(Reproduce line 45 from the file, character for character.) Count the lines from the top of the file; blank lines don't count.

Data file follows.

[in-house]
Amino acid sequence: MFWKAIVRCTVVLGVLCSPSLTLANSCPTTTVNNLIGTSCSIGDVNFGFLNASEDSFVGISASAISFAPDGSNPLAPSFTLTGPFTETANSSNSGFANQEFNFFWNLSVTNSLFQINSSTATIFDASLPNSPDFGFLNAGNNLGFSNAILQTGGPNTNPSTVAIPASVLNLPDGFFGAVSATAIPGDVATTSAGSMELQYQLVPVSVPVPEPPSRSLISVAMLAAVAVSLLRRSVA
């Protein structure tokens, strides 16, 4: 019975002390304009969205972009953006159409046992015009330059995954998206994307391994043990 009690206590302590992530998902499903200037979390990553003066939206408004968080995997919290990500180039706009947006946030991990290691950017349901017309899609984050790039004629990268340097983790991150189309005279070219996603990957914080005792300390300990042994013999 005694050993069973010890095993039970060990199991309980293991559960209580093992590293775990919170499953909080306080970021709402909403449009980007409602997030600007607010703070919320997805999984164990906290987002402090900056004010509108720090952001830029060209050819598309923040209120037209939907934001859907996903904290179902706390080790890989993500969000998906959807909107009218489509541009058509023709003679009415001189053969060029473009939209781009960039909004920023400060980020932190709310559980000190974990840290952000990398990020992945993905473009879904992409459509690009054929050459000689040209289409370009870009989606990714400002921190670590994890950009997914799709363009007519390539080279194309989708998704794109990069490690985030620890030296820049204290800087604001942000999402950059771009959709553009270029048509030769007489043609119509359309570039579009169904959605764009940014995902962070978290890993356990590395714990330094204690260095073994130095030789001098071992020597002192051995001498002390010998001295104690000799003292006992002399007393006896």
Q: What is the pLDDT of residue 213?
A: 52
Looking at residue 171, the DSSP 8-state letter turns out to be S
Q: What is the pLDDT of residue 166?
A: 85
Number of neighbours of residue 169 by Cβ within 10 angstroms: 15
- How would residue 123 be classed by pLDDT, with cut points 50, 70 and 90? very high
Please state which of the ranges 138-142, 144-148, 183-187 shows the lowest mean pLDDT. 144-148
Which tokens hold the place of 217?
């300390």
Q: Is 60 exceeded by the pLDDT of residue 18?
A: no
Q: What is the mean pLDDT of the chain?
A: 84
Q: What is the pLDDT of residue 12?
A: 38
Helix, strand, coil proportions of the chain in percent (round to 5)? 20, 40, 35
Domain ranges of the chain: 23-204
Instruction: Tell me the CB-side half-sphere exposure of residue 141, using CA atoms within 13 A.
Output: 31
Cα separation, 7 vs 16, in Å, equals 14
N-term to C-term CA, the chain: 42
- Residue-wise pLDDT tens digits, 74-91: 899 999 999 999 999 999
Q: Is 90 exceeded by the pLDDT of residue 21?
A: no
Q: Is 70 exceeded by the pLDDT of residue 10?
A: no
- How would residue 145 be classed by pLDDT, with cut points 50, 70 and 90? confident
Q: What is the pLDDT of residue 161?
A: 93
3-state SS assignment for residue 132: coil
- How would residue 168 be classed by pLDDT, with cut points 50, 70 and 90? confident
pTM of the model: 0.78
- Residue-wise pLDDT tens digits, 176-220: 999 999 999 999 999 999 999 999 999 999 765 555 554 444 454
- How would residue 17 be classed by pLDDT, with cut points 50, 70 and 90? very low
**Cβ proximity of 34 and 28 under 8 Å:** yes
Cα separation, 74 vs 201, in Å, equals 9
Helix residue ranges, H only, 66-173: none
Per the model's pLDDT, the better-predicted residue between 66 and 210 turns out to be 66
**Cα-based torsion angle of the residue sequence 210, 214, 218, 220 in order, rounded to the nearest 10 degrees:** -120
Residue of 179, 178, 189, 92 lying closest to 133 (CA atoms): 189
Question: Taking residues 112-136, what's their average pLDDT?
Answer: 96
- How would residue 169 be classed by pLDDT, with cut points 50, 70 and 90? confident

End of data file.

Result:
Question: Taking residues 112-136, what's their average pLDDT?